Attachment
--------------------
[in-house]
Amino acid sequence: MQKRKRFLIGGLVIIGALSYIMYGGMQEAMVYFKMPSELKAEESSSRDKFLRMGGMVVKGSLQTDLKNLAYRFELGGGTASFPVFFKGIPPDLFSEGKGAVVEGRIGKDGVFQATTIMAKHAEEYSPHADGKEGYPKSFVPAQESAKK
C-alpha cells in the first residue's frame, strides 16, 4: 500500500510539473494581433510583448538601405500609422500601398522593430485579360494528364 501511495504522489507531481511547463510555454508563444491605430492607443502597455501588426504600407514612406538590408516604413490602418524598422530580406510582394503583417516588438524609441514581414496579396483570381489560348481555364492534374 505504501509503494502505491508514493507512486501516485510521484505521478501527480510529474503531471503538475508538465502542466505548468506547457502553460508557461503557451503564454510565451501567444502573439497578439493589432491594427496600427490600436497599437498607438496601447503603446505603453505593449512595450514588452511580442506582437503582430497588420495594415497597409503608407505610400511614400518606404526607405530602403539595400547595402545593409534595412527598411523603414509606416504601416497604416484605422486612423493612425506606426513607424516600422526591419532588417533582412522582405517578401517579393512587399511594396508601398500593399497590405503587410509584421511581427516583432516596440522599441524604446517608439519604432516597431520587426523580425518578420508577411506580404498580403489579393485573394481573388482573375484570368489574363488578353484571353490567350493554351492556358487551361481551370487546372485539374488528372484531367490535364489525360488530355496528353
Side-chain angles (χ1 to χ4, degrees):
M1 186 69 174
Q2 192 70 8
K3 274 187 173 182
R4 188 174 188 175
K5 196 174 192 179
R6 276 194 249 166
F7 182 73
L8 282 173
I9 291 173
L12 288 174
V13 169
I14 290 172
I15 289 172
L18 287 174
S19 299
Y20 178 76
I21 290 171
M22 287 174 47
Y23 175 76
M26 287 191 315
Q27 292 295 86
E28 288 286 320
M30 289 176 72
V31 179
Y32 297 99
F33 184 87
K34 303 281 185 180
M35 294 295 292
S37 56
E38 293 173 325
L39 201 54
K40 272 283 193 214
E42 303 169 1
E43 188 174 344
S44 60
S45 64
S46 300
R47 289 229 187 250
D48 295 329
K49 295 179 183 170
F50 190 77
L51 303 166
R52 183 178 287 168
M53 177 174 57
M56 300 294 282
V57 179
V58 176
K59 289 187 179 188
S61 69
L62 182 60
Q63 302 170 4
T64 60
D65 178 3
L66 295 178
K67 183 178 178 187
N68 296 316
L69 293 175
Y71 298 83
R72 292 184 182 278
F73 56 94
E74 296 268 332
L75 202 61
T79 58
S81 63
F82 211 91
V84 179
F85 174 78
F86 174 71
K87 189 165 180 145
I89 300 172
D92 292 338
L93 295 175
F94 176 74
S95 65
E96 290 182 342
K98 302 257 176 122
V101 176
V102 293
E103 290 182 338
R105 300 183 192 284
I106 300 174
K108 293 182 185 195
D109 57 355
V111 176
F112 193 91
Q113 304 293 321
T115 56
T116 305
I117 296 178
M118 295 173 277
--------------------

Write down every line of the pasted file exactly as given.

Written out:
[in-house]
Amino acid sequence: MQKRKRFLIGGLVIIGALSYIMYGGMQEAMVYFKMPSELKAEESSSRDKFLRMGGMVVKGSLQTDLKNLAYRFELGGGTASFPVFFKGIPPDLFSEGKGAVVEGRIGKDGVFQATTIMAKHAEEYSPHADGKEGYPKSFVPAQESAKK
C-alpha cells in the first residue's frame, strides 16, 4: 500500500510539473494581433510583448538601405500609422500601398522593430485579360494528364 501511495504522489507531481511547463510555454508563444491605430492607443502597455501588426504600407514612406538590408516604413490602418524598422530580406510582394503583417516588438524609441514581414496579396483570381489560348481555364492534374 505504501509503494502505491508514493507512486501516485510521484505521478501527480510529474503531471503538475508538465502542466505548468506547457502553460508557461503557451503564454510565451501567444502573439497578439493589432491594427496600427490600436497599437498607438496601447503603446505603453505593449512595450514588452511580442506582437503582430497588420495594415497597409503608407505610400511614400518606404526607405530602403539595400547595402545593409534595412527598411523603414509606416504601416497604416484605422486612423493612425506606426513607424516600422526591419532588417533582412522582405517578401517579393512587399511594396508601398500593399497590405503587410509584421511581427516583432516596440522599441524604446517608439519604432516597431520587426523580425518578420508577411506580404498580403489579393485573394481573388482573375484570368489574363488578353484571353490567350493554351492556358487551361481551370487546372485539374488528372484531367490535364489525360488530355496528353
Side-chain angles (χ1 to χ4, degrees):
M1 186 69 174
Q2 192 70 8
K3 274 187 173 182
R4 188 174 188 175
K5 196 174 192 179
R6 276 194 249 166
F7 182 73
L8 282 173
I9 291 173
L12 288 174
V13 169
I14 290 172
I15 289 172
L18 287 174
S19 299
Y20 178 76
I21 290 171
M22 287 174 47
Y23 175 76
M26 287 191 315
Q27 292 295 86
E28 288 286 320
M30 289 176 72
V31 179
Y32 297 99
F33 184 87
K34 303 281 185 180
M35 294 295 292
S37 56
E38 293 173 325
L39 201 54
K40 272 283 193 214
E42 303 169 1
E43 188 174 344
S44 60
S45 64
S46 300
R47 289 229 187 250
D48 295 329
K49 295 179 183 170
F50 190 77
L51 303 166
R52 183 178 287 168
M53 177 174 57
M56 300 294 282
V57 179
V58 176
K59 289 187 179 188
S61 69
L62 182 60
Q63 302 170 4
T64 60
D65 178 3
L66 295 178
K67 183 178 178 187
N68 296 316
L69 293 175
Y71 298 83
R72 292 184 182 278
F73 56 94
E74 296 268 332
L75 202 61
T79 58
S81 63
F82 211 91
V84 179
F85 174 78
F86 174 71
K87 189 165 180 145
I89 300 172
D92 292 338
L93 295 175
F94 176 74
S95 65
E96 290 182 342
K98 302 257 176 122
V101 176
V102 293
E103 290 182 338
R105 300 183 192 284
I106 300 174
K108 293 182 185 195
D109 57 355
V111 176
F112 193 91
Q113 304 293 321
T115 56
T116 305
I117 296 178
M118 295 173 277